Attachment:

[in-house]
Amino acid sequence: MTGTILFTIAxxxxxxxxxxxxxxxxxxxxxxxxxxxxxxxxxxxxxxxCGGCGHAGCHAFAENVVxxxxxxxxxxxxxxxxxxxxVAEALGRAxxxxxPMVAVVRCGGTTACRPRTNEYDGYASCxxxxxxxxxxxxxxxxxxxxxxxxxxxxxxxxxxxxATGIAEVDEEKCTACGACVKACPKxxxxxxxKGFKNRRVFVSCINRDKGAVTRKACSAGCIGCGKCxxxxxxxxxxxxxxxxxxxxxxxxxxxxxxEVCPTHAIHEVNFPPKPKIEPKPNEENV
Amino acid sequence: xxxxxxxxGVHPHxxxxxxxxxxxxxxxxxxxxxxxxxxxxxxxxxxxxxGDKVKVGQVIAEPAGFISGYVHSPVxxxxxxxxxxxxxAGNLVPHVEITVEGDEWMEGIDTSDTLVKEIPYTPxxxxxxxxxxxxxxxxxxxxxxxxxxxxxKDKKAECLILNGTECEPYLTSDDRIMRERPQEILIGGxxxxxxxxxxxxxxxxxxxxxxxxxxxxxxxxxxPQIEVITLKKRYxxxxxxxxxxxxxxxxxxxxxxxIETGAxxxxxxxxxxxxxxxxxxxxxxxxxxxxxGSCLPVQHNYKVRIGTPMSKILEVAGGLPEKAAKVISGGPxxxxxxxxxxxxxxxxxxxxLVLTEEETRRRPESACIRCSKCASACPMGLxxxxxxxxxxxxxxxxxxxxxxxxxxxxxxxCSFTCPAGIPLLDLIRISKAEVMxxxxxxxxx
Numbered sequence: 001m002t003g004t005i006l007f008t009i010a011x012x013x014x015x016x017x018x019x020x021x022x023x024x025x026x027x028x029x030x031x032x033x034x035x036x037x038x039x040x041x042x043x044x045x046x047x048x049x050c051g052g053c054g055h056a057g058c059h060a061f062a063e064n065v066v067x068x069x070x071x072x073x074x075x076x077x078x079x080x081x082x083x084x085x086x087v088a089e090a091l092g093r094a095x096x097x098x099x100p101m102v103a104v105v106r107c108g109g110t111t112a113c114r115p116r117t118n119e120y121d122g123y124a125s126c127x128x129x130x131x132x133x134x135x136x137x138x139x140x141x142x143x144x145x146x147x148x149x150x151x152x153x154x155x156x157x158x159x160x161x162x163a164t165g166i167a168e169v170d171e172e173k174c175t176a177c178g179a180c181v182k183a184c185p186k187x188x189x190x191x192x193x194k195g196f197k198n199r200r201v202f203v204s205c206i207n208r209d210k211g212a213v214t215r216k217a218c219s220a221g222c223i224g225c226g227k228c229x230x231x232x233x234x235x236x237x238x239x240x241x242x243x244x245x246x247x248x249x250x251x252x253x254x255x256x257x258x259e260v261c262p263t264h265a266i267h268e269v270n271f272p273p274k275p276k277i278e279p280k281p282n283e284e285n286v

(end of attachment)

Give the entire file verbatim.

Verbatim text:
[in-house]
Amino acid sequence: MTGTILFTIAxxxxxxxxxxxxxxxxxxxxxxxxxxxxxxxxxxxxxxxCGGCGHAGCHAFAENVVxxxxxxxxxxxxxxxxxxxxVAEALGRAxxxxxPMVAVVRCGGTTACRPRTNEYDGYASCxxxxxxxxxxxxxxxxxxxxxxxxxxxxxxxxxxxxATGIAEVDEEKCTACGACVKACPKxxxxxxxKGFKNRRVFVSCINRDKGAVTRKACSAGCIGCGKCxxxxxxxxxxxxxxxxxxxxxxxxxxxxxxEVCPTHAIHEVNFPPKPKIEPKPNEENV
Amino acid sequence: xxxxxxxxGVHPHxxxxxxxxxxxxxxxxxxxxxxxxxxxxxxxxxxxxxGDKVKVGQVIAEPAGFISGYVHSPVxxxxxxxxxxxxxAGNLVPHVEITVEGDEWMEGIDTSDTLVKEIPYTPxxxxxxxxxxxxxxxxxxxxxxxxxxxxxKDKKAECLILNGTECEPYLTSDDRIMRERPQEILIGGxxxxxxxxxxxxxxxxxxxxxxxxxxxxxxxxxxPQIEVITLKKRYxxxxxxxxxxxxxxxxxxxxxxxIETGAxxxxxxxxxxxxxxxxxxxxxxxxxxxxxGSCLPVQHNYKVRIGTPMSKILEVAGGLPEKAAKVISGGPxxxxxxxxxxxxxxxxxxxxLVLTEEETRRRPESACIRCSKCASACPMGLxxxxxxxxxxxxxxxxxxxxxxxxxxxxxxxCSFTCPAGIPLLDLIRISKAEVMxxxxxxxxx
Numbered sequence: 001m002t003g004t005i006l007f008t009i010a011x012x013x014x015x016x017x018x019x020x021x022x023x024x025x026x027x028x029x030x031x032x033x034x035x036x037x038x039x040x041x042x043x044x045x046x047x048x049x050c051g052g053c054g055h056a057g058c059h060a061f062a063e064n065v066v067x068x069x070x071x072x073x074x075x076x077x078x079x080x081x082x083x084x085x086x087v088a089e090a091l092g093r094a095x096x097x098x099x100p101m102v103a104v105v106r107c108g109g110t111t112a113c114r115p116r117t118n119e120y121d122g123y124a125s126c127x128x129x130x131x132x133x134x135x136x137x138x139x140x141x142x143x144x145x146x147x148x149x150x151x152x153x154x155x156x157x158x159x160x161x162x163a164t165g166i167a168e169v170d171e172e173k174c175t176a177c178g179a180c181v182k183a184c185p186k187x188x189x190x191x192x193x194k195g196f197k198n199r200r201v202f203v204s205c206i207n208r209d210k211g212a213v214t215r216k217a218c219s220a221g222c223i224g225c226g227k228c229x230x231x232x233x234x235x236x237x238x239x240x241x242x243x244x245x246x247x248x249x250x251x252x253x254x255x256x257x258x259e260v261c262p263t264h265a266i267h268e269v270n271f272p273p274k275p276k277i278e279p280k281p282n283e284e285n286v